Cone beam CT (CBCT) imaging is becoming an indispensable tool in image guided interventions and many other clinical applications. The data processing method in current CBCT imaging is, however, deficient in multiple aspects, which often leads to severe artifacts and results in high imaging dose to the patients. The poor image quality causes much uncertainty in clinical decision-making and seriously impedes the maximal utilization of the technology. This project is directed at developing CBCT into a clinically accurate and reliable technique for delineation of tumor target, interventional guidance and radiation therapy treatment planning. In response to NIH PAR-09-218, we have assembled a team of investigators comprised of leaders in the fields of radiation oncology, medical physics, image and signal processing, optimization and applied mathematics and established research themes and projects that unify the common interests and expertise of these investigators. We draw on our extensive experience in CBCT imaging and scientific computing to develop the next generation of artifact-free and ultra-low dose CBCT. A number of innovative strategies to dealing with sparse, noisy, and missing data in CBCT imaging will be established.
Specific aims are: (1) To achieve ultra-low dose CBCT by utilization of patient-specific prior data and compressed sensing;(2) to develop a divide-and-conquer approach for metal artifact removal in CBCT reconstruction;and (3) to obtain motion artifact-free images by effective use of inter-phase correlation of the projections. Successful completion of this project will provide high quality CBCT images with orders of magnitude less imaging dose. For image guided radiation therapy, the improved image quality will make accurate CBCT-based dose calculation and replanning possible, which will lay the foundation for next generation of adaptive therapy to optimally compensate for the patient setup error and inter- fractional anatomy change. With the reduction in imaging dose, the proposed technique will significantly reduce the risk of radiation-induced secondary cancers and contribute to the safe and efficient use of volumetric X-ray imaging techniques in routine clinical practice.

Public Health Relevance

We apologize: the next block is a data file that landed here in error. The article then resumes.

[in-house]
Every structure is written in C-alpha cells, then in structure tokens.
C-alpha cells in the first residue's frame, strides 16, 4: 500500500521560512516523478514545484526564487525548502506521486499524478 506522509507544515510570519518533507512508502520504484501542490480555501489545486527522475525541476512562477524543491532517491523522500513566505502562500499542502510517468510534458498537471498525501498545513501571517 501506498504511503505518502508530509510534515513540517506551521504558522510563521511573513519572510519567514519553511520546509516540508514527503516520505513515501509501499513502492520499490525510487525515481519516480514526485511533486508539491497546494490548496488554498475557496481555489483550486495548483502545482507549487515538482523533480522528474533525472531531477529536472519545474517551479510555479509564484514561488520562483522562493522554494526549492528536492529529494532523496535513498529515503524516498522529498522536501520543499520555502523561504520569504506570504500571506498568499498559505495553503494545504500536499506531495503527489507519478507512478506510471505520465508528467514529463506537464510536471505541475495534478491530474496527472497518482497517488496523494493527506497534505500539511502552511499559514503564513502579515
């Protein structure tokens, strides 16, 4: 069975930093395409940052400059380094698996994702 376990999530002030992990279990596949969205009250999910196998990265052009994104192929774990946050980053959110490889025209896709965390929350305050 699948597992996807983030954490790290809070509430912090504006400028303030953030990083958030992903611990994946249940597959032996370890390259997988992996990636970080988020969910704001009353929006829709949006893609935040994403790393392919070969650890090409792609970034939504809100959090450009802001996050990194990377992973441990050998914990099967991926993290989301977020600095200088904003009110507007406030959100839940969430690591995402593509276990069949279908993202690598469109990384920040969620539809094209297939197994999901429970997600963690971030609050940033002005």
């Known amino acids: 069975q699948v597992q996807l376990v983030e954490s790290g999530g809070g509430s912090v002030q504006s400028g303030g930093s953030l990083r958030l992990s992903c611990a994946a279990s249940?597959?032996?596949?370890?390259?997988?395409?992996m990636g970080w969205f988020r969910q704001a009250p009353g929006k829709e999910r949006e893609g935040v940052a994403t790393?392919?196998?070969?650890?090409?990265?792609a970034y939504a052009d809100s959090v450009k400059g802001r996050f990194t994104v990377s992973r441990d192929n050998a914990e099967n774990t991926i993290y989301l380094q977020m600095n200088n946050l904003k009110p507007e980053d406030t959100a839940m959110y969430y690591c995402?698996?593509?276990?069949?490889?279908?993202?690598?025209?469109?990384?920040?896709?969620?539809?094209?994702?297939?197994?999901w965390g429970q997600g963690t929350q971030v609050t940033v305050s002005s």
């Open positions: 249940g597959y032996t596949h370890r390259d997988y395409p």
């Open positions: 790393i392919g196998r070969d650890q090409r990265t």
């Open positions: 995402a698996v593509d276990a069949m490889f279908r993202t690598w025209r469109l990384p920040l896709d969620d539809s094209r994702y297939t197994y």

Cone beam CT (CBCT) imaging is becoming an indispensable tool in image guided interventions and many other clinical applications. The computing method used in the current CBCT imaging is, however, deficient in many aspects, which often leads to severe artifacts and results in high imaging dose to the patients. This project is directed at developing CBCT into a clinically accurate and reliable technique for delineation of tumor target, interventional guidance and radiation therapy treatment planning. Successful completion of this project will provide a new CBCT paradigm with ultra-low dose and free of artifacts.

Agency
National Institute of Health (NIH)
Institute
National Institute of Biomedical Imaging and Bioengineering (NIBIB)
Type
Research Project (R01)
Project #
1R01EB016777-01A1
Application #
8593192
Study Section
Biomedical Imaging Technology Study Section (BMIT)
Program Officer
Lopez, Hector
Project Start
2013-08-01
Project End
2017-07-31
Budget Start
2013-08-01
Budget End
2014-07-31
Support Year
1
Fiscal Year
2013
Total Cost
$540,775
Indirect Cost
$191,431
Name
Stanford University
Department
Radiation-Diagnostic/Oncology
Type
Schools of Medicine
DUNS #
009214214
City
Stanford
State
CA
Country
United States
Zip Code
94305
Ahmad, Moiz; Bazalova, Magdalena; Xiang, Liangzhong et al. (2014) Order of magnitude sensitivity increase in X-ray Fluorescence Computed Tomography (XFCT) imaging with an optimized spectro-spatial detector configuration: theory and simulation. IEEE Trans Med Imaging 33:1119-28
Azcona, Juan Diego; Xing, Lei; Chen, Xin et al. (2014) Assessing the dosimetric impact of real-time prostate motion during volumetric modulated arc therapy. Int J Radiat Oncol Biol Phys 88:1167-74